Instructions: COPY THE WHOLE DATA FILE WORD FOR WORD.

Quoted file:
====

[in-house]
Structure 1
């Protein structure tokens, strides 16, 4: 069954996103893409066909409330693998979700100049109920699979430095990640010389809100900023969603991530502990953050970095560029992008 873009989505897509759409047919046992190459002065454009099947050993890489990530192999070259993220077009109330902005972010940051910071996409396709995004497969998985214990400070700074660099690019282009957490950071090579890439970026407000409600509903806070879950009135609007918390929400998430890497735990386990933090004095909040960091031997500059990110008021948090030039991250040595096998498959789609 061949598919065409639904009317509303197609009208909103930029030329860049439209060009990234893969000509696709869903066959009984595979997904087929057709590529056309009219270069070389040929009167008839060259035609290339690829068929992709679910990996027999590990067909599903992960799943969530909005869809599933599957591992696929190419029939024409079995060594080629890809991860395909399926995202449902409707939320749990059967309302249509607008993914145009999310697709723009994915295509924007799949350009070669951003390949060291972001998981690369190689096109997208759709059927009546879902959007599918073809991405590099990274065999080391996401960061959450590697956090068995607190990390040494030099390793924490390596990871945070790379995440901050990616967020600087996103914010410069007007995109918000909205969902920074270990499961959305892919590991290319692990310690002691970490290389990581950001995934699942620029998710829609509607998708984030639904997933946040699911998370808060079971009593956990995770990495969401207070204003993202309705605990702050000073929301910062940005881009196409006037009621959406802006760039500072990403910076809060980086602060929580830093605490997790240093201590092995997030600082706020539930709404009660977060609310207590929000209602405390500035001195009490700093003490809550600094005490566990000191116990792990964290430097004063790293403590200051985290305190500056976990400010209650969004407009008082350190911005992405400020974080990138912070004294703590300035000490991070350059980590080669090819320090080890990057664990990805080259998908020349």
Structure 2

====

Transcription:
[in-house]
Structure 1
């Protein structure tokens, strides 16, 4: 069954996103893409066909409330693998979700100049109920699979430095990640010389809100900023969603991530502990953050970095560029992008 873009989505897509759409047919046992190459002065454009099947050993890489990530192999070259993220077009109330902005972010940051910071996409396709995004497969998985214990400070700074660099690019282009957490950071090579890439970026407000409600509903806070879950009135609007918390929400998430890497735990386990933090004095909040960091031997500059990110008021948090030039991250040595096998498959789609 061949598919065409639904009317509303197609009208909103930029030329860049439209060009990234893969000509696709869903066959009984595979997904087929057709590529056309009219270069070389040929009167008839060259035609290339690829068929992709679910990996027999590990067909599903992960799943969530909005869809599933599957591992696929190419029939024409079995060594080629890809991860395909399926995202449902409707939320749990059967309302249509607008993914145009999310697709723009994915295509924007799949350009070669951003390949060291972001998981690369190689096109997208759709059927009546879902959007599918073809991405590099990274065999080391996401960061959450590697956090068995607190990390040494030099390793924490390596990871945070790379995440901050990616967020600087996103914010410069007007995109918000909205969902920074270990499961959305892919590991290319692990310690002691970490290389990581950001995934699942620029998710829609509607998708984030639904997933946040699911998370808060079971009593956990995770990495969401207070204003993202309705605990702050000073929301910062940005881009196409006037009621959406802006760039500072990403910076809060980086602060929580830093605490997790240093201590092995997030600082706020539930709404009660977060609310207590929000209602405390500035001195009490700093003490809550600094005490566990000191116990792990964290430097004063790293403590200051985290305190500056976990400010209650969004407009008082350190911005992405400020974080990138912070004294703590300035000490991070350059980590080669090819320090080890990057664990990805080259998908020349």
Structure 2